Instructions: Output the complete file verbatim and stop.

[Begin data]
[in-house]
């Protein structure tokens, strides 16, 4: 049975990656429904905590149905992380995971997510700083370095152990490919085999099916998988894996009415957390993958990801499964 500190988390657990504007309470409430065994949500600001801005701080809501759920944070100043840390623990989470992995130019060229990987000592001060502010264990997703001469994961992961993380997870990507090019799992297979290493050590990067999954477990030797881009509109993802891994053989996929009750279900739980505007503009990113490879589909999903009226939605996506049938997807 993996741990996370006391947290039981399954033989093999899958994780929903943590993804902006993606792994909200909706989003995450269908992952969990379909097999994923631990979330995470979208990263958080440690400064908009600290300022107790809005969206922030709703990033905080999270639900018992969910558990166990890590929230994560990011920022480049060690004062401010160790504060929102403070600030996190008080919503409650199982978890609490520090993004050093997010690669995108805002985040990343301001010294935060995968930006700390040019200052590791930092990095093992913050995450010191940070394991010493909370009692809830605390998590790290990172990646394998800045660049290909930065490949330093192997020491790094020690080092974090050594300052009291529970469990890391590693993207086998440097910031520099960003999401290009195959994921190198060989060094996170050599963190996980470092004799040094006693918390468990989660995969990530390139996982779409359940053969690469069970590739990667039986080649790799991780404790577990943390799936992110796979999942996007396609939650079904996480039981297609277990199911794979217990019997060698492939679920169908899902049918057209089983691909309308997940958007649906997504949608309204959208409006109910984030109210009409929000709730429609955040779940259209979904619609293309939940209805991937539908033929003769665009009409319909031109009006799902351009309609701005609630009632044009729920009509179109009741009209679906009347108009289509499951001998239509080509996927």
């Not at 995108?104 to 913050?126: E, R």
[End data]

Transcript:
[in-house]
């Protein structure tokens, strides 16, 4: 049975990656429904905590149905992380995971997510700083370095152990490919085999099916998988894996009415957390993958990801499964 500190988390657990504007309470409430065994949500600001801005701080809501759920944070100043840390623990989470992995130019060229990987000592001060502010264990997703001469994961992961993380997870990507090019799992297979290493050590990067999954477990030797881009509109993802891994053989996929009750279900739980505007503009990113490879589909999903009226939605996506049938997807 993996741990996370006391947290039981399954033989093999899958994780929903943590993804902006993606792994909200909706989003995450269908992952969990379909097999994923631990979330995470979208990263958080440690400064908009600290300022107790809005969206922030709703990033905080999270639900018992969910558990166990890590929230994560990011920022480049060690004062401010160790504060929102403070600030996190008080919503409650199982978890609490520090993004050093997010690669995108805002985040990343301001010294935060995968930006700390040019200052590791930092990095093992913050995450010191940070394991010493909370009692809830605390998590790290990172990646394998800045660049290909930065490949330093192997020491790094020690080092974090050594300052009291529970469990890391590693993207086998440097910031520099960003999401290009195959994921190198060989060094996170050599963190996980470092004799040094006693918390468990989660995969990530390139996982779409359940053969690469069970590739990667039986080649790799991780404790577990943390799936992110796979999942996007396609939650079904996480039981297609277990199911794979217990019997060698492939679920169908899902049918057209089983691909309308997940958007649906997504949608309204959208409006109910984030109210009409929000709730429609955040779940259209979904619609293309939940209805991937539908033929003769665009009409319909031109009006799902351009309609701005609630009632044009729920009509179109009741009209679906009347108009289509499951001998239509080509996927």
């Not at 995108?104 to 913050?126: E, R």